Quick Take

Drone and consumer electronics maker Mota Group (Pending:MOTA) has filed terms for its proposed $6 million IPO. MOTA wants to sell 650,000 units of stock and warrants at a price of $9.99 per unit, valuing the company post-IPO at around $21 million.

While revenues are growing, other financial indicators are negative, with ballooning cash burn and rapidly dropping gross margins.

Management still hasn’t provided substantive details about its strategy to focus its consumer drones on the commercial market, which is comprised of highly specific use cases and long sales cycles requiring expensive direct sales efforts.

My opinion is to AVOID the IPO.

Company Recap

San Jose, California-based Mota was founded in 2003 by CEO Michael Faro, who is joined by his wife Lily Ju, chief product officer.

The company manufactures a range of consumer and commercial drones as well as general consumer electronics via two business segments:

  • MOTA – Recreational and commercial drones
  • TAMO – Consumer electronics and accessories

Below is a brief explainer video:

(Source: Paul79UF)

The company sells its products direct and through a variety of online and offline retailers and distributors.

Competitors in the consumer and commercial drone market are too numerous to describe, as the 2016 drone market graphic below shows:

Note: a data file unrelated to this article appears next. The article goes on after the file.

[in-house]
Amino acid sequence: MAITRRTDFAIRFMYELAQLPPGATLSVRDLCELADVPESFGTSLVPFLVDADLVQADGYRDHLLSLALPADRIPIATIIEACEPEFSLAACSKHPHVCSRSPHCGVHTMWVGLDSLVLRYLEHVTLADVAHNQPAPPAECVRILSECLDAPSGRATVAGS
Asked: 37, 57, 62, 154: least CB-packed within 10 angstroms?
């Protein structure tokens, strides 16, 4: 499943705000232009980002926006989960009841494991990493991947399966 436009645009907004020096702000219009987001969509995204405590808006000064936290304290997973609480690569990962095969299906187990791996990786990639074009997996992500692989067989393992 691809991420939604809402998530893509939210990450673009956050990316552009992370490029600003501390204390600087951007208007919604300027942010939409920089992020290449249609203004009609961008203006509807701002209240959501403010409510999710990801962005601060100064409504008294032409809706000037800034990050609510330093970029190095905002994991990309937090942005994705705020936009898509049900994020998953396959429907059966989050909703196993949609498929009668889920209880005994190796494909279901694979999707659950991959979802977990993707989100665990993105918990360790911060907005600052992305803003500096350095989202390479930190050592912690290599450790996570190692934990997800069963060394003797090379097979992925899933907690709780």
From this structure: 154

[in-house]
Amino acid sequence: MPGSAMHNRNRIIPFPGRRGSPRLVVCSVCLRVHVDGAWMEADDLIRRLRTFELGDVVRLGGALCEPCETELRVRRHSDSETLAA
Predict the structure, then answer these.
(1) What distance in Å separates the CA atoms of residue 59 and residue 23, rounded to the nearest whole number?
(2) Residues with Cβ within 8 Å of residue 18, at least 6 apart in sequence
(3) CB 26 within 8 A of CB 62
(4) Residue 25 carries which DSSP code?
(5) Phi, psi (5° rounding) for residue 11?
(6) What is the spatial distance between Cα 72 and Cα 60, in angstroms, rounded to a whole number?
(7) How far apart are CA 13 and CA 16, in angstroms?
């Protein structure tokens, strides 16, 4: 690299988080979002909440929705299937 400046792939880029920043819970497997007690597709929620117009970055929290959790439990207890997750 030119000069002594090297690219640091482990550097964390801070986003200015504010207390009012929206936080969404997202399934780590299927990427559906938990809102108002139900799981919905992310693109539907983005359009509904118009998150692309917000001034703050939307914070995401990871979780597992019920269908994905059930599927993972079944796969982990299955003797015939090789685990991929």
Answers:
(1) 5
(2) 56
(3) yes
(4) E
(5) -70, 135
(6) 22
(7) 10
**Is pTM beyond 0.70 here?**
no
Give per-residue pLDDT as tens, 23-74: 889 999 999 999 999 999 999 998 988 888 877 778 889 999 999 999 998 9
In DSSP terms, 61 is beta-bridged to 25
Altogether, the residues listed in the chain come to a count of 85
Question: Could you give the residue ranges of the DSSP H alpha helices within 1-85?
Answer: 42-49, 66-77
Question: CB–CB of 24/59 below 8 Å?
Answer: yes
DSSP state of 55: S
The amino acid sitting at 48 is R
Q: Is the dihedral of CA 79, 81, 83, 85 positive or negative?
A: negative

(Source: Drone Industry Insights)

Commentary

I previously wrote about MOTA’s IPO filing in my article, Mota Group IPO Has Too Much Competition.

In that article, I highlighted the brutal competition for undifferentiated products in the consumer drone market, which management says it has been a focus since 2015.

Additionally, while management states grand plans to introduce its drones into military and law enforcement markets, details are nonexistent on how it’s going to achieve this on the small scale that the company operates and the lack of purpose-built approach to its line of consumer-oriented products.

While the market for consumer drones is large, the competition is high and includes industry heavyweight DJI.

On the financial performance side, Mota is growing revenues in its most recent six-month period ending December 31, 2016, but gross margins have dropped from 48% for the same period in 2015 to 36%, as the financials show below:

(Source: Mota Group S-1/A)

Furthermore, Mota has used $1.45 million in cash flow from operations in the most recent six-month period, approaching the $1.7 million cash benchmark that it used in all of FYE 2016. This proves cash burn is accelerating dramatically in order to “purchase” sales.

In my view, Mota’s financials are showing deteriorating business fundamentals, and management hasn’t provided serious details of how it intends to attack the commercial and law enforcement markets with its primarily general purpose, consumer-oriented line of drones.

Therefore, my opinion is to AVOID the IPO.

I write about M&A deals and IPOs. Click the Follow button next to my name at the top or bottom of this article if you want to receive future articles automatically.

Disclosure: I/we have no positions in any stocks mentioned, and no plans to initiate any positions within the next 72 hours.

I wrote this article myself, and it expresses my own opinions. I am not receiving compensation for it (other than from Seeking Alpha). I have no business relationship with any company whose stock is mentioned in this article.



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